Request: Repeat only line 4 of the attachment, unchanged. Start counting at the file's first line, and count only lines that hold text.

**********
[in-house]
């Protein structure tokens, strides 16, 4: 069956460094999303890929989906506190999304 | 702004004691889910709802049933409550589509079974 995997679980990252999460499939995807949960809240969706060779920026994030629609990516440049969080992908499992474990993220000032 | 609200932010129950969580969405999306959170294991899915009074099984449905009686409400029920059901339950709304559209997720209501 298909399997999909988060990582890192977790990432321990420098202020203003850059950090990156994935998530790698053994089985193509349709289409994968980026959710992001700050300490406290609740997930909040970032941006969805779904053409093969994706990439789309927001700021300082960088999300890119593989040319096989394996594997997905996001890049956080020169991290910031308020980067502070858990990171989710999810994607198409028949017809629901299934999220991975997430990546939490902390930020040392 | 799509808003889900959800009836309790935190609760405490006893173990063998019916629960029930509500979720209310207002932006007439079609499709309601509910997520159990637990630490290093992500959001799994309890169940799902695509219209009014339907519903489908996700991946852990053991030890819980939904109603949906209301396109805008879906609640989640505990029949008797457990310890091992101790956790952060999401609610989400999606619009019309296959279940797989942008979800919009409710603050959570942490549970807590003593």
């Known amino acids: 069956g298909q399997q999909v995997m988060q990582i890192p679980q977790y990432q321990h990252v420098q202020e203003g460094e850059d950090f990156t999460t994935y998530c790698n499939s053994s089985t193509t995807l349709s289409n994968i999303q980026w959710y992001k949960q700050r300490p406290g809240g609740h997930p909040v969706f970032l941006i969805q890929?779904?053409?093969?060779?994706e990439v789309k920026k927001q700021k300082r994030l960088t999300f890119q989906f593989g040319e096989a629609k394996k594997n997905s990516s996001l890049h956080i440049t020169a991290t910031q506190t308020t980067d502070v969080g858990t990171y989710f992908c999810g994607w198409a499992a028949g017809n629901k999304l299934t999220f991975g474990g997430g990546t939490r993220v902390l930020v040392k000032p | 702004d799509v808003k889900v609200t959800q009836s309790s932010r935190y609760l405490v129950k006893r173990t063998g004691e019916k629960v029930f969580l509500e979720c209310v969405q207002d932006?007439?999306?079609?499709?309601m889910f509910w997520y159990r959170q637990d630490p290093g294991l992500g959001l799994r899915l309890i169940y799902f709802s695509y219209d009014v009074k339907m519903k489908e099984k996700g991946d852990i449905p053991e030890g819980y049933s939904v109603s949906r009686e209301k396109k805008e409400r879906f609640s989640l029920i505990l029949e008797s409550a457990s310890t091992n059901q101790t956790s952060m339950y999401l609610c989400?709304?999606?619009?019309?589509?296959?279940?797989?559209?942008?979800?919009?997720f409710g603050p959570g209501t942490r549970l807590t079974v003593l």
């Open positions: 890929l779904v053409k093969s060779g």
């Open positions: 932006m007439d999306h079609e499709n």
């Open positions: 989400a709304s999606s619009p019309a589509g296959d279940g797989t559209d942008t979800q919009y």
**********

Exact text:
């Open positions: 890929l779904v053409k093969s060779g």